It was a surprisingly common phenomenon, particularly in the regions most affected by the Thirty Years War (1618-48). Erasmus Kindermann for instance wrote a very moving hymn Fried wo bist so lang geblieben, which spells out the name 'Ferdinand der Dritte' in an acrostic, making it both a lament and a personal plea to the Habsburg ruler. Suffering in war was also seen as a punishment from God, and we often see composers setting plaintive Biblical texts, and giving collections of music titles like Friedens Seufftzer ('Peace sighs'). Sometimes you can deduce that a particular piece has been written at the behest of a patron to celebrate a specific event (Heinrich Schütz wrote several such pieces) but often the messages seem quite personal, and that's obviously fascinating for us as performers to engage with.
In discussing Anthony Holborne in the booklet-note you refer to a rich, shared musical culture spanning the Channel (or Manche…), yet later centuries saw Britain’s reputation decline to the point of being stereotyped by some commentators as the 'Land Without Music'. What went wrong?
Did anything really go wrong? For me that argument only makes sense if one focusses too much on epoch-defining composers (or the lack of them) rather than on the music-making going on around them. I'm interested in the artisans and domestic musicians who have always formed the backbone of a musical culture. Music has always formed an important part of British life and the fact that there was no English Wagner or Brahms doesn't mean we were a 'Land Without Music'. Composers like that are like cherries on top of a cake, and I guess I'm more interested in the cake than the cherries. In that same spirit, this disc contains music by people I identify with: professional musicians who were performers first and composers second. Because they don't fit our romantic template of the artist-hero, their work is often underrated and assumed to be 'workmanlike'. I hope this disc helps people realise how far from the truth that is.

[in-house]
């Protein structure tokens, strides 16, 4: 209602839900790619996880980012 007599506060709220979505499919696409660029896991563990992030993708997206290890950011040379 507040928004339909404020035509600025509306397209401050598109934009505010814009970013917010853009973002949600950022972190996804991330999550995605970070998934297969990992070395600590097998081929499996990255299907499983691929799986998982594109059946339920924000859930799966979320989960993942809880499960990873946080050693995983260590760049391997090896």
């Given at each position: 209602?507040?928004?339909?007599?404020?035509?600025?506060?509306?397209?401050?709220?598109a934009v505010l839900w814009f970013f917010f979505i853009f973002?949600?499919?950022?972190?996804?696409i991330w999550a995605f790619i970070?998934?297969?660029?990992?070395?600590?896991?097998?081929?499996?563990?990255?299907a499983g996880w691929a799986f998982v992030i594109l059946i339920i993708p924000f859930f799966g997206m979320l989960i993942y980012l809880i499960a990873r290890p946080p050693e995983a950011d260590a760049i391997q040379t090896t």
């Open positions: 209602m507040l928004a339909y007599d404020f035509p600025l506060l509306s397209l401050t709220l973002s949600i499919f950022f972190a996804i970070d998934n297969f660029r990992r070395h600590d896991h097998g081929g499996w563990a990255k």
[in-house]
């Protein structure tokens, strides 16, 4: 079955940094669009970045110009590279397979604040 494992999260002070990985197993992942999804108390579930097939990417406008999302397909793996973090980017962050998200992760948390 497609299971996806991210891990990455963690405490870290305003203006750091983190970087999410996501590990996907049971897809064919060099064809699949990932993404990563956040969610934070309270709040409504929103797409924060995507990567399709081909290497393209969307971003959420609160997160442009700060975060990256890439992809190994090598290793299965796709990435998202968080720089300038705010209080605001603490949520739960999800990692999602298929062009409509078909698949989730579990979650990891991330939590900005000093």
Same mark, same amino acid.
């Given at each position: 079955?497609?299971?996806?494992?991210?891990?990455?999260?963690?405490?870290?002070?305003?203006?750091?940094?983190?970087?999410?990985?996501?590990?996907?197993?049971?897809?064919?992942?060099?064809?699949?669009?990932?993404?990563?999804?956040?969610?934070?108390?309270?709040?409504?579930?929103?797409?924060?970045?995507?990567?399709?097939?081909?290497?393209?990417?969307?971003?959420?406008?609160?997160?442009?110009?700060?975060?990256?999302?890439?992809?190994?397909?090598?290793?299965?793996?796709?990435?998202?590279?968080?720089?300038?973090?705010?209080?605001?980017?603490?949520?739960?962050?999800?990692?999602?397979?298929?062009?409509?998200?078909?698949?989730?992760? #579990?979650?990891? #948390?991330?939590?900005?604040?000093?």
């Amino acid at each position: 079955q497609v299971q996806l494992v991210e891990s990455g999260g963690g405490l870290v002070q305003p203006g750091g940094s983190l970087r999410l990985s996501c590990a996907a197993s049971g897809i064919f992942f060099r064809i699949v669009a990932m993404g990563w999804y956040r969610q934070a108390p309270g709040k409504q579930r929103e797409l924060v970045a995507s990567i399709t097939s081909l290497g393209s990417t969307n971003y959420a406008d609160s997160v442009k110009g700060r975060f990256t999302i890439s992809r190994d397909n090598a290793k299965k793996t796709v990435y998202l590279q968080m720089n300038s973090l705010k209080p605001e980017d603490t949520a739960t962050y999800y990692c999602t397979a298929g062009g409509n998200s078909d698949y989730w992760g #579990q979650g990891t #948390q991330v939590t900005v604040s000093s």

Very few recent compositions feature the cornett, sackbut or gamba, let alone all three, as does Northern Soul. Some contemporary composers have experimented with the sonorities of early music (Sally Beamish’s Shakespeare Masque with its viol consort, for example), but it’s not exactly common. What do you think sets “old-new” commissions like this apart from the rest of contemporary music?
I think it's becoming increasingly fertile territory, and we're certainly not the first early music group to venture into contemporary music. Our instruments have no modern equivalent, and this means we can offer composers and audiences an entire palette of new sounds. Our expertise in improvisation and different tuning systems can also produce interesting results if harnessed in the right way. What's nice is that our instruments are increasingly being viewed in their own right, and not just as 'funny early trumpets' or 'primitive bassoons' etc. The cornetto for instance has as much in common with the human voice or the recorder as with the trumpet, and I'm actively looking for more composers to explore those facets of the instrument's personality. In films like the original 1973 Wicker Man, early music was used to signify something wild, pagan and counter-cultural. Forty years later we're much more mainstream, but I hope we can still shock a few people from time to time.